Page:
Definition of adjectives and examples

Here is an example showing the difference between adverbs and adjectives.

I have a cat. She purrs.  

Can you close your eyes and imagine my cat? Maybe not, because I haven’t really told you anything about her. Let me try again:

I have an old, stinky, gray cat. She purrs extremely loudly.

Now can you imagine my cat? You probably have a clearer idea of how she looks and sounds because I’ve improved my sentences by using adjectives (old, stinky, gray) and adverbs (extremely, loudly). Adjectives and adverbs can make your sentences more exciting, specific, and detailed.  

An adjective is a descriptive word. Adjectives modify nouns or pronouns. An adjective can tell you more about a noun.  

Here’s another example:  

My iPhone (noun) is old (adjective).  

In this sentence, the word old is an adjective that gives you more information about my iPhone. It’s an important part of the sentence because it tells you that my iPhone is not new. Other adjectives I could use to describe my iPhone include: expensive, silver, cracked, shiny, and thin.  

You can use an adjective before a noun (ex: I have big eyes). You can also use an adjective after a be verb (ex: My eyes are big).

It’s basic English grammar. If you are a beginner at learning English, you need to master the rules of adjectives and adverbs and try to make sentences using different words.

Definition of adverbs and example sentences

What modifies a verb, an adjective, or an adverb?

Now, the answer is very clear. An adverb modifies a verb.

There are many kinds of adverbs!  

Some adverbs modify verbs and tell you how something is done. These are called adverbs of manner. Here are some sentences that include adverbs of manner: 

  • Annie sings beautifully. 
  • Zebras run quickly.  
  • The child sadly cries.
  • We happily learn English.

There are also adverbs of time (already, yesterday), adverbs of frequency (often, sometimes, never), adverbs of degree (very, really), and adverbs of affirmation (obviously, certainly).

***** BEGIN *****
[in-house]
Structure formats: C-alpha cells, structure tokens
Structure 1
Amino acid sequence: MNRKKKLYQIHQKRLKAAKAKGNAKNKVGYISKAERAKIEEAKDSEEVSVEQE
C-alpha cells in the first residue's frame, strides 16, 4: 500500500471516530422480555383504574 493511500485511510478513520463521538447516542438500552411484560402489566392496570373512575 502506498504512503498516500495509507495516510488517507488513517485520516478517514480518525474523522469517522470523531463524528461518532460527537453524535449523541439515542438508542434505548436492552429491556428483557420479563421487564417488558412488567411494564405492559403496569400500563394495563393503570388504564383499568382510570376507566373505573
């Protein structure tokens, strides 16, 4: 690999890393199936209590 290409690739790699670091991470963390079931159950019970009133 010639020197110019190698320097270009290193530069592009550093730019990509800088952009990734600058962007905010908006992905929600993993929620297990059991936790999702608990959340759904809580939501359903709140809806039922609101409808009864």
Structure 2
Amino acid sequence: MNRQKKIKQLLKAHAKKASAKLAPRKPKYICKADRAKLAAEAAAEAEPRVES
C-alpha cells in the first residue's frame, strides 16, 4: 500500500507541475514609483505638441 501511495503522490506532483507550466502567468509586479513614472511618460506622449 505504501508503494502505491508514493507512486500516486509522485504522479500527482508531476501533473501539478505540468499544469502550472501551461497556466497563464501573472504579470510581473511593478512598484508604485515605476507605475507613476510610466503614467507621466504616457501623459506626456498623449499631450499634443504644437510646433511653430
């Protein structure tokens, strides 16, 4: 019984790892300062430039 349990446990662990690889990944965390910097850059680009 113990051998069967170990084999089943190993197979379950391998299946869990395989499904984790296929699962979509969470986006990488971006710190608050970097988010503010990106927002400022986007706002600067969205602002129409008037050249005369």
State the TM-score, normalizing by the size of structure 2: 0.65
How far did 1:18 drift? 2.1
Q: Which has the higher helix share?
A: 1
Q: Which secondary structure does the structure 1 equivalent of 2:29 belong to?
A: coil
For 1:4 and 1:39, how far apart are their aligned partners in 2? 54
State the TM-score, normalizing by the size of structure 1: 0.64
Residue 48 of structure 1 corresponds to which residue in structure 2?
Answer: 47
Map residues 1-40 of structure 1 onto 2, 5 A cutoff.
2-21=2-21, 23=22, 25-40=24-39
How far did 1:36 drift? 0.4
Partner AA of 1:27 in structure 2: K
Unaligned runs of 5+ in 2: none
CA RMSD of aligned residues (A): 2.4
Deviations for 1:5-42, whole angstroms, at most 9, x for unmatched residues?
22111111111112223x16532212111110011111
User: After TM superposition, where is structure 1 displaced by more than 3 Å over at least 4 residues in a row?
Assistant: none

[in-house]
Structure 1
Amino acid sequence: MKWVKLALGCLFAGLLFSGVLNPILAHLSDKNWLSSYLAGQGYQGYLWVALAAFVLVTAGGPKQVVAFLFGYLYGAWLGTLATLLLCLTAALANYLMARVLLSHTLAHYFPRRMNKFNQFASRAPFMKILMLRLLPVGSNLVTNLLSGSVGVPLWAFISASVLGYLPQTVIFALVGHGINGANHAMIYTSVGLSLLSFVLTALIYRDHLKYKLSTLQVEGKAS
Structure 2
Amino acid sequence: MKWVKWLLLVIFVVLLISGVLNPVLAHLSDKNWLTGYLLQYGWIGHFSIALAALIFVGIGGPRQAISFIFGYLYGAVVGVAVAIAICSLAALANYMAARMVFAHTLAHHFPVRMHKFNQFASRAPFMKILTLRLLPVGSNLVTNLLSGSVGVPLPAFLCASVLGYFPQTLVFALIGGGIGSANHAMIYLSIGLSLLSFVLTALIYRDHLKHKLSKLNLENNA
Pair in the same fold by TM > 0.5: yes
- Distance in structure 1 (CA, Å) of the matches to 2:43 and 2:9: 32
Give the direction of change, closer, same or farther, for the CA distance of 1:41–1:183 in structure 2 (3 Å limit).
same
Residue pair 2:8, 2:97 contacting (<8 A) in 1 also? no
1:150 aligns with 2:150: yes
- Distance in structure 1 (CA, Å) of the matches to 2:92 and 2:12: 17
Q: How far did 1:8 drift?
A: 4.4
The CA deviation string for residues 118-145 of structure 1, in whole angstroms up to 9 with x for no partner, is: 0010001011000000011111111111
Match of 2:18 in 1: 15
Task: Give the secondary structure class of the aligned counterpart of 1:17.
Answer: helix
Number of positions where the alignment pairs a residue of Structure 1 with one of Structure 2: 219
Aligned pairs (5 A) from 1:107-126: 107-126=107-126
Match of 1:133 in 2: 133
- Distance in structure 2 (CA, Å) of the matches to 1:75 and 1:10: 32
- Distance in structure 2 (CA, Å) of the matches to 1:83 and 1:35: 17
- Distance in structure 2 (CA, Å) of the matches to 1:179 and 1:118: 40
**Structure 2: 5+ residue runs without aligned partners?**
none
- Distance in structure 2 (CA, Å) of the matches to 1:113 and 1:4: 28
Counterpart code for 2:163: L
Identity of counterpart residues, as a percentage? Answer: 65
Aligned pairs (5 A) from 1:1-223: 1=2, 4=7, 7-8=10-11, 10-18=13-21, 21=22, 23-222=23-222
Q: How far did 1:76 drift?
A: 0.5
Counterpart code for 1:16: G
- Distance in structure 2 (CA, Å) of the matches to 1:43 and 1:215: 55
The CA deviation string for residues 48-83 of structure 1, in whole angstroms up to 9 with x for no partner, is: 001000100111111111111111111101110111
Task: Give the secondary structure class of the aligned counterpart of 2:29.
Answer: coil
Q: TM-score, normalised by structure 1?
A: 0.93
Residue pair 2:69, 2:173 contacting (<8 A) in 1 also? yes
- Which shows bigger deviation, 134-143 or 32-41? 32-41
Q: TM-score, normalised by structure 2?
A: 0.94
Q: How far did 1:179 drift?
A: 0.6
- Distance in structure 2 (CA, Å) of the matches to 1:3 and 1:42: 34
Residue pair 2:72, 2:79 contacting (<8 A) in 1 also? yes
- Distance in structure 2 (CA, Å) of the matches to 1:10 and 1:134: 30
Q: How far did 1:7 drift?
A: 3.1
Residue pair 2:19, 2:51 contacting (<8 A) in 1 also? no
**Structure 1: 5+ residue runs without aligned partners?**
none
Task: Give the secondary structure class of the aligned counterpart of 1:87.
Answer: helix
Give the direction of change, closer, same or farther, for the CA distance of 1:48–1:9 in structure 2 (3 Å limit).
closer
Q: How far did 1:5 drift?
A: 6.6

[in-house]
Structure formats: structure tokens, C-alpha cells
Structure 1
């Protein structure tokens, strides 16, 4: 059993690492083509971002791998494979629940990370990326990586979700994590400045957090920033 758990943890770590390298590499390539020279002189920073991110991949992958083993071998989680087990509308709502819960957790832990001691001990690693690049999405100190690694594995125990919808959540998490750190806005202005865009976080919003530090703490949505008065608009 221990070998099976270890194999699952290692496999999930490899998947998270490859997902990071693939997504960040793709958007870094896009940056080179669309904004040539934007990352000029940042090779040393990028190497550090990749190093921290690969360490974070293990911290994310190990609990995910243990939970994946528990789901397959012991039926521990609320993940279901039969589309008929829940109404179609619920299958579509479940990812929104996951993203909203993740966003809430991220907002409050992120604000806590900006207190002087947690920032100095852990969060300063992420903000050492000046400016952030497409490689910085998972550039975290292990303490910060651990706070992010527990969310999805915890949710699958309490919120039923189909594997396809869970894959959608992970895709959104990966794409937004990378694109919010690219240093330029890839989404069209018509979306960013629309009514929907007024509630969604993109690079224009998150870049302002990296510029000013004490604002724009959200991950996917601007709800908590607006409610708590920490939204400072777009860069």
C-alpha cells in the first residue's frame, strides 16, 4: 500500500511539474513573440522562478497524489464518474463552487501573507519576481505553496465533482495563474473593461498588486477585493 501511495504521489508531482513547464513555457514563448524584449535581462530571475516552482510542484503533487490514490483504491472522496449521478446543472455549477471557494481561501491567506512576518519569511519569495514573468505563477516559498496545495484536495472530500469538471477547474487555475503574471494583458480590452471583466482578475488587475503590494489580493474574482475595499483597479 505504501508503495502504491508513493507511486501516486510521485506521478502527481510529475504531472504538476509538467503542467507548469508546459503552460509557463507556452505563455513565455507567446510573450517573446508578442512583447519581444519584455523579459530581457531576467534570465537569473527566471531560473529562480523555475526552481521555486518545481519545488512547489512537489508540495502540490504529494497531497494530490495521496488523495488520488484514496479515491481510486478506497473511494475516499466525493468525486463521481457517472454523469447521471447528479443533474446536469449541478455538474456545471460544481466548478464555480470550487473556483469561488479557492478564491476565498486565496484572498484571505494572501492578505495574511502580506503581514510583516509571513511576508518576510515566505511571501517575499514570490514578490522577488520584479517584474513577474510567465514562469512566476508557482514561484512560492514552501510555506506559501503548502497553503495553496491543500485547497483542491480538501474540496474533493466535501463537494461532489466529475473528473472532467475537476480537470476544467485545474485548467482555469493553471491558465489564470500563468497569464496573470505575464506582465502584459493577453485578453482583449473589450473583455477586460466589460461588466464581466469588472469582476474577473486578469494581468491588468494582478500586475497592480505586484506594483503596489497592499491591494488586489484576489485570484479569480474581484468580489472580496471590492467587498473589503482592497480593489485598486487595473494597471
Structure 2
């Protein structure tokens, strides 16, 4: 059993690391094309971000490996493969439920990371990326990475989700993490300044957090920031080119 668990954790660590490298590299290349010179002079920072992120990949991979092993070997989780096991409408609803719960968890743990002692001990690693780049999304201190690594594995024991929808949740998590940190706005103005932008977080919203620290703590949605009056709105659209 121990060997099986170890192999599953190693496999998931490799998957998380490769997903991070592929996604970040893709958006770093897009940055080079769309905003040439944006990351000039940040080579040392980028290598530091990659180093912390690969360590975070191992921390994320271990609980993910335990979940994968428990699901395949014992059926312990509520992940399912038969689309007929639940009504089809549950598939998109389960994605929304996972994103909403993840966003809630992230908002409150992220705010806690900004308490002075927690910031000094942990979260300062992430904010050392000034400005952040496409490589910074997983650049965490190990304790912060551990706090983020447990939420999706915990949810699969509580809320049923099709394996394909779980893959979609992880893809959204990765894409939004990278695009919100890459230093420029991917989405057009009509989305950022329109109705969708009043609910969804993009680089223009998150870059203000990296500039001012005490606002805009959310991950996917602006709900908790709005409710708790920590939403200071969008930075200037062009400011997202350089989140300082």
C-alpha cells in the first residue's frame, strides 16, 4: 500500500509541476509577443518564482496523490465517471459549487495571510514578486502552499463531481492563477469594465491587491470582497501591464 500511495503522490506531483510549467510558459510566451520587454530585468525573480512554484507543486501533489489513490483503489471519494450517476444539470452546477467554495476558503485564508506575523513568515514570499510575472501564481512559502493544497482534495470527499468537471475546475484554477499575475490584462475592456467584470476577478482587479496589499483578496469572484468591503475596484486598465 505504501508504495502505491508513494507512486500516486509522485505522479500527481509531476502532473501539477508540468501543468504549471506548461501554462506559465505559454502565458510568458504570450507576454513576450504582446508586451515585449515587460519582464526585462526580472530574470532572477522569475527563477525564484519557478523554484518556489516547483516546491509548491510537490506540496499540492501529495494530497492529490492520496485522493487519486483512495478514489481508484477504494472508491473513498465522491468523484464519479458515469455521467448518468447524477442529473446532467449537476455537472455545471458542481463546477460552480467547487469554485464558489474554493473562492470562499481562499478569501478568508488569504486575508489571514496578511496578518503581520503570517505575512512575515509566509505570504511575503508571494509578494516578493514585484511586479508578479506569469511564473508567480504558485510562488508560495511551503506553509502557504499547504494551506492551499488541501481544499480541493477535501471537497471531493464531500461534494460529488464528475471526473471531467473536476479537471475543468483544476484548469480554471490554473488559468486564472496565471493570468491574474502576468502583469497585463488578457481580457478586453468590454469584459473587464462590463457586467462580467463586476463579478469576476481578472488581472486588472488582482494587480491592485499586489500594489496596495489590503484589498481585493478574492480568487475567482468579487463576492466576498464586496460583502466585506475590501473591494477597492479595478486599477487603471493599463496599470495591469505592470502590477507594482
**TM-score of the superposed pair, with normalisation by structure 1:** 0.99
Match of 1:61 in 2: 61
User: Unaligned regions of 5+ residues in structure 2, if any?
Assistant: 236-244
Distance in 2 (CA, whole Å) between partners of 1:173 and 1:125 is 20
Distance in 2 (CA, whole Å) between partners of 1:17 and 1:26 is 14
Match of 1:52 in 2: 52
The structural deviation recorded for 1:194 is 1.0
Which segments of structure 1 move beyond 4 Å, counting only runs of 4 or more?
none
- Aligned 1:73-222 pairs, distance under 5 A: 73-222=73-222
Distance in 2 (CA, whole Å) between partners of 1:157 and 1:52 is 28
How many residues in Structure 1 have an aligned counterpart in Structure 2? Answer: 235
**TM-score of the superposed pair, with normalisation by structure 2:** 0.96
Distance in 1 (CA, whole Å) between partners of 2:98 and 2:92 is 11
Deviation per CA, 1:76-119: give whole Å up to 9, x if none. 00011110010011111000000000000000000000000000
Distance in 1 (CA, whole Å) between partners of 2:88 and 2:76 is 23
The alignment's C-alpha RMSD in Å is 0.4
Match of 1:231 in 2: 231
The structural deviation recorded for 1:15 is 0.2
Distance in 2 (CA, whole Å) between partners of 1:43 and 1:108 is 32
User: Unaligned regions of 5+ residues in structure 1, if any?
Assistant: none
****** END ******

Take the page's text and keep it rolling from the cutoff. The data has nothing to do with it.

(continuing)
Adverbs don’t only modify verbs. They can also modify adjectives and other adverbs. However, adverbs can not modify nouns or pronouns.

Examples of adverbs and adjectives

Here are thirty more examples of adjectives:

sweet, sparkly, silly, youthful, sad, chubby, thoughtful, brave, obedient, rich, evil, bright, slimy, stark, helpful, thorough, crunchy, bizarre, red, crazy, cranky, kind, malicious, gentle, wooden, French, bumpy, curly, pure, stressful

Here are thirty more examples of adverbs:

Quickly, slowly, boldly, strongly, weakly, brokenly, stubbornly, fast, well, forlornly, nastily, loudly, quietly, stupidly, angrily, happily, menacingly, strangely, beautifully, sneakily, suspiciously, softly, tomorrow, seldom, usually, always, absolutely, extremely, clearly, truly.

Above are the basic English words to describe someone or something. If you would like a vocabulary-building challenge, you can look up any words you don’t know in the dictionary. Then, you can try writing sentences with those words. You could even book a lesson with an online English tutor on italki to practice and receive feedback on your sentences.

How to turn an adjective into an adverb

Many adjectives can be easily turned into adverbs of manner. All you have to do is add the letters ly to the end of the adjective, like this:

sad - sadly

bad - badly

kind - kindly 

If an adjective ends in the letter y, you should say “bye-bye y” and add ily, like this: 

happy - happily

angry - angrily 

crazy - crazily 

In situations where an adjective ends in ic add ally, like this: 

dramatic - dramatically 

If an adjective ends in le, replace the e with a y, like this: 

impossible - impossibly 

Finally, the adverb forms of the adjectives good and fast are irregular and don’t follow any rules. They look like this: 

good - well 

fast - fast

Adjectives and adverbs are important building blocks for creating strong English sentences. Be creative. Use amazing adjectives to describe your nouns, and artfully use adverbs to modify other parts of speech.  

At the beginning of this article, I used adjectives and adverbs to talk about my cat. Can you use them to talk about an animal or a person in your life? If you book an English lesson with me, I’d be happy to help you practice that, or any other aspect of English grammar or conversation, expand your vocabulary.